Three AAPI designers were featured in the show: Chloe Dao, Tina Zulu and Anthony Pabillano.
Chloe Dao, who first burst onto the scene as the Season 2 winner of Project Runway, is a well known Vietnamese-American designer and style expert based in Houston. Her brand is centered around trying to make every woman feel beautiful in her clothing and designs. Her latest Dao Chloe Dao Boutique can be found in the M-K-T Heights mixed-use development.
Tina Zulu of Kimono Zulu (Photo by Ken Jones)
Tina Zulu, a Filipina-American designer, is the creative mind behind Kimono Zulu. She presented a collection of reimagined vintage Japanese kimonos and other garments inspired by Japanese clothing. Her work is also going to be featured in a kimono pop-up at the Museum of Fine Arts, Houston (MFAH) from July 7 to July 9 to kick off the museum’s Summer Nights series. Zulu will be available to assist customers in kimono styling and selection.
Anthony Pabillano is a Filipino artist based in Houston who explores weaving in the style of the Philippine bayong, a traditional bag made from dried leaves. He redefines tradition by using unexpected materials and forms in his designs.
Many models strutted the runway wearing beautifully decorated headpieces resembling traditional rice hats. The garments drew on the heritage of the designers and the spirit of AAPI History Month with reimagined silhouettes of traditional Asian clothing like the kimono or hanfu.
One dress designed by Dao featured light, billowing pale pink fabric in the skirt, with a delicate purple and green bow tied over a sequined bodice. She also exhibited more structured pieces, including a bright green dress printed with multicolored flowers and double slits.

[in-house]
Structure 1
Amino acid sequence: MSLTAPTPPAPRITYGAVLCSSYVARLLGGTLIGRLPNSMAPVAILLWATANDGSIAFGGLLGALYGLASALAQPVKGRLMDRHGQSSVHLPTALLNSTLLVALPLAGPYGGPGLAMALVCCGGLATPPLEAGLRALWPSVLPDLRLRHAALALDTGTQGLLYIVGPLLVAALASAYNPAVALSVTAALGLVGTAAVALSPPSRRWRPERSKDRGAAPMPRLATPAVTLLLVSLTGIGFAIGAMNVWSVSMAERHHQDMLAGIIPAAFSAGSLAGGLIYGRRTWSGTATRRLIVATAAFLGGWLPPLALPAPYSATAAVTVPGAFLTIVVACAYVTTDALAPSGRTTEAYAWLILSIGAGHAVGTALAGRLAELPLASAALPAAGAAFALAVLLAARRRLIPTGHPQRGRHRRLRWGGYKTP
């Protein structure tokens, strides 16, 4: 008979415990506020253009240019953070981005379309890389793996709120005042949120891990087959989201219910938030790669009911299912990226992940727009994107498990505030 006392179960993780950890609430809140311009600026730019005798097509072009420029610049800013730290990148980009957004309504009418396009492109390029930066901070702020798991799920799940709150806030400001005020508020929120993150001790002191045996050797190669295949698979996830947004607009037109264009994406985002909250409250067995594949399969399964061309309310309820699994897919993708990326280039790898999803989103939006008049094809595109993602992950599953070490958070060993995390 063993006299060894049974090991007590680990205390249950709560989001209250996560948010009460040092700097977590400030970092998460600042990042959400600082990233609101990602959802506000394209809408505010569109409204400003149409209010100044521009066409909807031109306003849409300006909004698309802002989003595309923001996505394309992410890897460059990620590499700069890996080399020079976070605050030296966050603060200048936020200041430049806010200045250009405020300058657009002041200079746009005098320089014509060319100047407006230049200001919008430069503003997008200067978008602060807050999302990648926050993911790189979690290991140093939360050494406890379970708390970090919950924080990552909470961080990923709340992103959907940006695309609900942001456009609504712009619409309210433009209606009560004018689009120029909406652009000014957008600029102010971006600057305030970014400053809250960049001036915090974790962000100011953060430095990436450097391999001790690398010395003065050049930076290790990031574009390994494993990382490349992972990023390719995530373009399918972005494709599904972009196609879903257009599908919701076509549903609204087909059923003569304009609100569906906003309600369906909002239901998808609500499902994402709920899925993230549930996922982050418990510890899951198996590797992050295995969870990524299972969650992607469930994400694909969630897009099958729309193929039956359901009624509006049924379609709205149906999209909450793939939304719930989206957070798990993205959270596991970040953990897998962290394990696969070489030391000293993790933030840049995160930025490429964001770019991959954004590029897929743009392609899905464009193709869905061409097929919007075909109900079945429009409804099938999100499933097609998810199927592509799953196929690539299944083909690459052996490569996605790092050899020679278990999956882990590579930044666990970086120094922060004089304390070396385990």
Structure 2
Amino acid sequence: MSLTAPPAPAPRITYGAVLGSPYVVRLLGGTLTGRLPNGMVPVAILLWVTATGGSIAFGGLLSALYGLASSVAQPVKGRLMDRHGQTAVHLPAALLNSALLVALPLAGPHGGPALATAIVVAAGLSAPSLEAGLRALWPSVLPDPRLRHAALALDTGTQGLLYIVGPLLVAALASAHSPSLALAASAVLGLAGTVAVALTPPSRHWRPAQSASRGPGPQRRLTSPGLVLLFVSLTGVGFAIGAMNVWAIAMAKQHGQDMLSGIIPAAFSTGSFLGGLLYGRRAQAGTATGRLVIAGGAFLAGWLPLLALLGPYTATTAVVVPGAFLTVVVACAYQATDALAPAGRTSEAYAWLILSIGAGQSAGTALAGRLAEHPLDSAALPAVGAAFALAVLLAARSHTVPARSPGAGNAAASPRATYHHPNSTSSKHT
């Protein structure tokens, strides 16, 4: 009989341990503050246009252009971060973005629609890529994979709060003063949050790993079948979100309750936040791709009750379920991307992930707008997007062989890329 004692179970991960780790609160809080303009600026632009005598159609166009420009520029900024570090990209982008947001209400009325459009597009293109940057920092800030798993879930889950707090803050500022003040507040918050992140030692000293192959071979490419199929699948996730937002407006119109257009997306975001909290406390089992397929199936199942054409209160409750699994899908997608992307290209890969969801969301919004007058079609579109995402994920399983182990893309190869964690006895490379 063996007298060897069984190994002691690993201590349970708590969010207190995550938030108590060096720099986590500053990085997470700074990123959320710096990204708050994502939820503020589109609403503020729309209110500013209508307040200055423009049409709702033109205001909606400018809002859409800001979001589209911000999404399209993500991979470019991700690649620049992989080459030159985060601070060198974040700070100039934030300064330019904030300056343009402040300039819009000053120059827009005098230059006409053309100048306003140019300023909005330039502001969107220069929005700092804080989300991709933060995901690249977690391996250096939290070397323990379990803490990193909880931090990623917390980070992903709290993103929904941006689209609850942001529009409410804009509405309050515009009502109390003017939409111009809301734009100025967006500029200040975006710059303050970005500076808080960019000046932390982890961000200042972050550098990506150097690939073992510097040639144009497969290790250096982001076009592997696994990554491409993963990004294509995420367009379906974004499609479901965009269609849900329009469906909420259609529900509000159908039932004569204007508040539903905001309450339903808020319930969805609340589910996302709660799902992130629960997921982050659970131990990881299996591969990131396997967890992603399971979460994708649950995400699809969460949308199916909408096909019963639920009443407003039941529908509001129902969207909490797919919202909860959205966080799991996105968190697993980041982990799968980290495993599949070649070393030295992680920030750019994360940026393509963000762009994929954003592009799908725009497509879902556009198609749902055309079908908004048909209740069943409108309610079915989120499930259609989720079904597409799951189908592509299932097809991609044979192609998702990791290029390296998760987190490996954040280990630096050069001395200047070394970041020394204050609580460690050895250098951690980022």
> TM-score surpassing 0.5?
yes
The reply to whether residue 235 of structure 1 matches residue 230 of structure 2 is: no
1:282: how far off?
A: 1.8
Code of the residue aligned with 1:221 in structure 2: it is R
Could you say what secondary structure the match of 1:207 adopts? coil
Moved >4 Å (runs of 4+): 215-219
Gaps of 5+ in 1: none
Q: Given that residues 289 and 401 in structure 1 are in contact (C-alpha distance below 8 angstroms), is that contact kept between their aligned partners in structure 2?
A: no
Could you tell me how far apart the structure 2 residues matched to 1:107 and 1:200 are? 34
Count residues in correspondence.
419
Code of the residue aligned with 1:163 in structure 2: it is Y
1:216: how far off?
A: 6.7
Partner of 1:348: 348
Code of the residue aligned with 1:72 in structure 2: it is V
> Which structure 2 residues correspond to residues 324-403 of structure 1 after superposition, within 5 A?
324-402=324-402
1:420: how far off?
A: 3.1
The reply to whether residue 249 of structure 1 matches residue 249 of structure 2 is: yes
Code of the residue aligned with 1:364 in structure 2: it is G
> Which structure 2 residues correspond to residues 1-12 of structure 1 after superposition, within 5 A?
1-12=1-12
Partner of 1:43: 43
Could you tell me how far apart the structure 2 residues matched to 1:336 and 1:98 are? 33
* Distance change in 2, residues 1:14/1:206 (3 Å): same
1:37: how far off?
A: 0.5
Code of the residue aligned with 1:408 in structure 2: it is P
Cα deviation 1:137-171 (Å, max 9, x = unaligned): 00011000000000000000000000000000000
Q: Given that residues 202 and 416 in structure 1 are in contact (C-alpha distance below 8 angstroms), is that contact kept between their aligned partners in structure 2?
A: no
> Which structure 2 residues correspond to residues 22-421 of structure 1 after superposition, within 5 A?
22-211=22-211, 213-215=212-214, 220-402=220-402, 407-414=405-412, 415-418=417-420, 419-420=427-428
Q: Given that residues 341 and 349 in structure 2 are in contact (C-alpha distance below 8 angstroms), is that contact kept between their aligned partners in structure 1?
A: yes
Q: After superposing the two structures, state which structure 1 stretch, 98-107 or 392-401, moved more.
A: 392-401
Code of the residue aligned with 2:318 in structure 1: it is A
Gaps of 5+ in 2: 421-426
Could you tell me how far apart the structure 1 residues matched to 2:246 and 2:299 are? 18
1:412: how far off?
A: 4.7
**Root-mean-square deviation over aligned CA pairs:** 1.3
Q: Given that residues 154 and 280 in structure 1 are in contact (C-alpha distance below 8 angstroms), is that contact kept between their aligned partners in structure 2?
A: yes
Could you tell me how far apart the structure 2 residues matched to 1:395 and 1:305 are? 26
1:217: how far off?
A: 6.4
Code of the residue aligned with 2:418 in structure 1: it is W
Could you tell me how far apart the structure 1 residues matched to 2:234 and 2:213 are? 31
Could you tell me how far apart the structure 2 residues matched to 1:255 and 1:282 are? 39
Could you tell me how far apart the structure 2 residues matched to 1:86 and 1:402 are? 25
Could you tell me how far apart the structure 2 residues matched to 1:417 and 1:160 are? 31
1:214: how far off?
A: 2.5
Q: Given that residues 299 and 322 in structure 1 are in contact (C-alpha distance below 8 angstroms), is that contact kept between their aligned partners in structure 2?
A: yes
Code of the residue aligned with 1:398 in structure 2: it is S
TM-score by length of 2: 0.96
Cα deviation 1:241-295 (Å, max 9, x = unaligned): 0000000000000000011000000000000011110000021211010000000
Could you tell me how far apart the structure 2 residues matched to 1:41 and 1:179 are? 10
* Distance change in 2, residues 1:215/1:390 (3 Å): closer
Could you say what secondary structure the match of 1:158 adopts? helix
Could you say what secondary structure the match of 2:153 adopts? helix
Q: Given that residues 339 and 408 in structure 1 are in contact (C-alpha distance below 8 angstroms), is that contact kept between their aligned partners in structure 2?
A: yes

Chloe Dao’s Pink Dress modeled by Karen Yang (Photo by Ken Jones)
Tina Zulu’s reimagined kimonos exuded a youthful, playful, and creative energy and utilized a wide variety of colors, patterns and textures. There was the long white kimono printed with the faces of the Beatles and paired with neon yellow pants, a light blue top, and a fanny pack; a gorgeously fitted Bond Girl dress, which featured a panel of crisscrossing gold fabric and embroidered details across the front, all of it cinched together at the waist with black fabric; and much more.
All of it unique and paired with bold accessories and makeup.
Throughout the show, models carried bags by Pabillano, sometimes filled with blooming flowers and fresh plants. The bags, woven in a variety of materials and colors to match the garments they accompanied, demonstrated Pabillano’s exploration of the bayong in a range of shapes and sizes.
The show was the culminating event of an exhibit by Rice University’s Houston Asian American Archive (HAAA) and the Woodsen Research Center, entitled “Our Vibrant AAPI Community: Selections from the Houston Asian American Archive.” The HAAA is an initiative from the Rice University Chao Center for Asian Studies which focuses on researching, archiving and sharing the lives and experiences of Houston’s Asian and Asian American communities.
The Ascend AAPI show and the HAAA exhibit were made possible by Houston Public Library curator Christina Wai Grubitz; Dr. Anne Chao, program manager of Rice University’s Houston Asian American Archive; Duyen and Marc Nguyen; and the work of the designers, models and creatives.